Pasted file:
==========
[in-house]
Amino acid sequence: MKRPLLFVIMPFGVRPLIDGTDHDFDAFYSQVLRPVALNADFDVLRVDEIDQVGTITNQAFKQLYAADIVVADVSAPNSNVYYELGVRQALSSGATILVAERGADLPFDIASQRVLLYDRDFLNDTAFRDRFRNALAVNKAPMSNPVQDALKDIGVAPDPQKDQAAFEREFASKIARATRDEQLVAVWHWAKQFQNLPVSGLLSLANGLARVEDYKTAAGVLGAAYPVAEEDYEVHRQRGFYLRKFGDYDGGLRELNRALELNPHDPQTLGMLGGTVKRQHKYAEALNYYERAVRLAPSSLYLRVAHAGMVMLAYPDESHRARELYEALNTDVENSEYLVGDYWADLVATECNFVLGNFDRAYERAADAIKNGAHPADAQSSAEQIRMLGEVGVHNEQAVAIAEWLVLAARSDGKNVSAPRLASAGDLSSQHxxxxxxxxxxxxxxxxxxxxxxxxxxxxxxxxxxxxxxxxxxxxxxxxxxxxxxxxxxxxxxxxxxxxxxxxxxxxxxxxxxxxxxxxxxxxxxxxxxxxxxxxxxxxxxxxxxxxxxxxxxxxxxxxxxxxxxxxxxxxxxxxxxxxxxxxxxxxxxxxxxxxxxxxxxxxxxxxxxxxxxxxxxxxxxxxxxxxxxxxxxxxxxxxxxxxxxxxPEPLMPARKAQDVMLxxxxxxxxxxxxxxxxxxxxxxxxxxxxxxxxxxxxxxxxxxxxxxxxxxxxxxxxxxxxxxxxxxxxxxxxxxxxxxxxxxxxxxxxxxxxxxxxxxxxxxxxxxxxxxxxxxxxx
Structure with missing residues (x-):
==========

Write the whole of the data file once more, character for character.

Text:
[in-house]
Amino acid sequence: MKRPLLFVIMPFGVRPLIDGTDHDFDAFYSQVLRPVALNADFDVLRVDEIDQVGTITNQAFKQLYAADIVVADVSAPNSNVYYELGVRQALSSGATILVAERGADLPFDIASQRVLLYDRDFLNDTAFRDRFRNALAVNKAPMSNPVQDALKDIGVAPDPQKDQAAFEREFASKIARATRDEQLVAVWHWAKQFQNLPVSGLLSLANGLARVEDYKTAAGVLGAAYPVAEEDYEVHRQRGFYLRKFGDYDGGLRELNRALELNPHDPQTLGMLGGTVKRQHKYAEALNYYERAVRLAPSSLYLRVAHAGMVMLAYPDESHRARELYEALNTDVENSEYLVGDYWADLVATECNFVLGNFDRAYERAADAIKNGAHPADAQSSAEQIRMLGEVGVHNEQAVAIAEWLVLAARSDGKNVSAPRLASAGDLSSQHxxxxxxxxxxxxxxxxxxxxxxxxxxxxxxxxxxxxxxxxxxxxxxxxxxxxxxxxxxxxxxxxxxxxxxxxxxxxxxxxxxxxxxxxxxxxxxxxxxxxxxxxxxxxxxxxxxxxxxxxxxxxxxxxxxxxxxxxxxxxxxxxxxxxxxxxxxxxxxxxxxxxxxxxxxxxxxxxxxxxxxxxxxxxxxxxxxxxxxxxxxxxxxxxxxxxxxxxPEPLMPARKAQDVMLxxxxxxxxxxxxxxxxxxxxxxxxxxxxxxxxxxxxxxxxxxxxxxxxxxxxxxxxxxxxxxxxxxxxxxxxxxxxxxxxxxxxxxxxxxxxxxxxxxxxxxxxxxxxxxxxxxxxx
Structure with missing residues (x-):